I’ll be at the top in about 10 minutes, I think to myself as I size up the sand dune in front of me. Namibia’s Dune 45 doesn’t look so big from the ground, so it should be no problem to reach the peak before sunrise, which is rapidly approaching on this frigid winter morning.
Ten minutes later, my feet start to go numb from walking on sand that’s so cold it feels like snow. I’m not even halfway up the dune, and I realize this is going to be a much more challenging undertaking than I’d originally believed. Dozens of other shivering tourists are making the climb with me. Most don’t look particularly enthused about the trek, but everyone presses on.
Eventually, I make it to the top ridge of the dune, although that’s not even the true peak, because off in the distance there’s another higher part of the dune that goes higher. I sit back and watch the sun rise, enjoying its warm rays that counteract the roughly 40° F (4° C) temperatures in the air.
Before long, everyone’s taking their dune selfies and sitting back to admire the view from one of Namibia’s most scenic and popular locations. The Dune 45 climb was well worth it.
About Dune 45 in the Namib Desert
Located not far inland from the Atlantic Ocean, the Namib Desert is considered the world’s oldest desert. The orange-hued sand here is roughly 5 million years old. Dune 45 gets its name from the fact that it’s located 45km north of Sesriem, the entrance point for Namib-Naukluft National Park.
Some dunes in the world only receive wind on one side, but Dune 45 is hit by winds from multiple directions. That makes it a “star dune.” The swirling winds create various legs or appendages extending out from the dune, giving an appearance similar to a star.
This is the area you may have seen on nature documentaries. It gets very little rain annually, but some plants and animals are able to survive because of the morning fog that rolls in from the ocean. I spotted several little shrubs, and you can even see this one glistening from the dew it has collected.
Because of its imposing stature and convenient location, Dune 45 is sometimes referred to as “the most photographed dune in the world.” It stands roughly 170 m (560 feet) tall.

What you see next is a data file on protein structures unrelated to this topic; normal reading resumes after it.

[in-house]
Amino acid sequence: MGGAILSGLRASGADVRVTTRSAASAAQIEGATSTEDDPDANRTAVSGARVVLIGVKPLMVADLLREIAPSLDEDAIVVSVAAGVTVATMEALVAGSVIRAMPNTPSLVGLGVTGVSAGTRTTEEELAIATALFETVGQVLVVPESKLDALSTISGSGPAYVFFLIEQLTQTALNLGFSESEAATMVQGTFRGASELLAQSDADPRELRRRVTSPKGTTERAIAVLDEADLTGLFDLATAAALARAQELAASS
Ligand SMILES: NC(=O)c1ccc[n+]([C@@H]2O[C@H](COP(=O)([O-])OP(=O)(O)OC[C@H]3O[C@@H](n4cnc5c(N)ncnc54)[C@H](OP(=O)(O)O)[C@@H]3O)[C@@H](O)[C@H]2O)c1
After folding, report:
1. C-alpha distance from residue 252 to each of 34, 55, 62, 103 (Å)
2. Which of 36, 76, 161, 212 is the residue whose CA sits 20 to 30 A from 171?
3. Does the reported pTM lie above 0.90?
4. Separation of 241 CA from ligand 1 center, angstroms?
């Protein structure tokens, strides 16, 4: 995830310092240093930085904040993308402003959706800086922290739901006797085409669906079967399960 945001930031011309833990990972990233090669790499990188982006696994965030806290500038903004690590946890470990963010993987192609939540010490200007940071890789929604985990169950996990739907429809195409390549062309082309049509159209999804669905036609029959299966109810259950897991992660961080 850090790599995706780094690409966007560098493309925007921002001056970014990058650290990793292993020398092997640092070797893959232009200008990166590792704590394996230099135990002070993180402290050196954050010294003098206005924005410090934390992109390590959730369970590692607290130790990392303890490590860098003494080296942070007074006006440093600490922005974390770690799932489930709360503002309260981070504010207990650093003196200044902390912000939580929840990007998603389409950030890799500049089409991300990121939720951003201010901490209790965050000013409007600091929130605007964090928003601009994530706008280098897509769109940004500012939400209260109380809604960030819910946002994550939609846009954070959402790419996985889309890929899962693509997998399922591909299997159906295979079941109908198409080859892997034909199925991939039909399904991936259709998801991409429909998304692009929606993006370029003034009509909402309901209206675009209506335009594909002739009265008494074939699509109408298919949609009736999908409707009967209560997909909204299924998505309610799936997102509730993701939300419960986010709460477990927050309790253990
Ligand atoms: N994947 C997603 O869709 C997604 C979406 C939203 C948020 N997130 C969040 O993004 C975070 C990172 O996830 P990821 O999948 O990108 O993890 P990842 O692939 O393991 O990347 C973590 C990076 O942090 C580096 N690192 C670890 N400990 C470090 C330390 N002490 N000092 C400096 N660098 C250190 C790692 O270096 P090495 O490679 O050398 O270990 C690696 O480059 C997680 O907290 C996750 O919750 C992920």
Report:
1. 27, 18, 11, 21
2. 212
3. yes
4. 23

Tips for Climbing Dune 45 in Namibia Before Sunrise
If you make it to this part of the world, you’ll either be renting a vehicle, or participating in a group tour. If you’re on a tour, they’ll be sure to get you here before sunrise, since watching the sun come up while sitting atop the dune has become the cliché (but very worthwhile) tourist activity.
If you’re driving yourself, be sure to leave in plenty of time to get here. Sunrise is a busy time, with lots of visitors, but the tourists continue to show up all day long, so don’t let their presence dictate your arrival time. There’s a good-sized parking lot just at the foot of the dune.
Bring some water on your walk to the top – especially if it’s summer when you visit. In the warmer months, temperatures can get really hot, really quick, so you’ll want to stay hydrated. Be sure to dress appropriately for the season. Winter here is June through September, and summer is December through March.
Obviously, a camera is a must. The further you walk along the top of the dune, the fewer other people you’ll run into. So it will be possible to get your solo “walking along the dune” photo.
And finally, once you’re ready to go back down, run down the side of the dune! This is a sure way to feel like a kid again. It may look intimidating, but it’s pretty easy to scamper down the steep side of the dune.
Running down the dune at an angle is strongly advised over going down in a straight line. The latter method is steeper and makes it more likely you’ll fall on your face. One of my friends bounced from side to side, using a slalom ski technique down the hill. I chose to take big hop-steps. You’ll come up with the technique that works best for you!
Would you hike up this huge sand dune?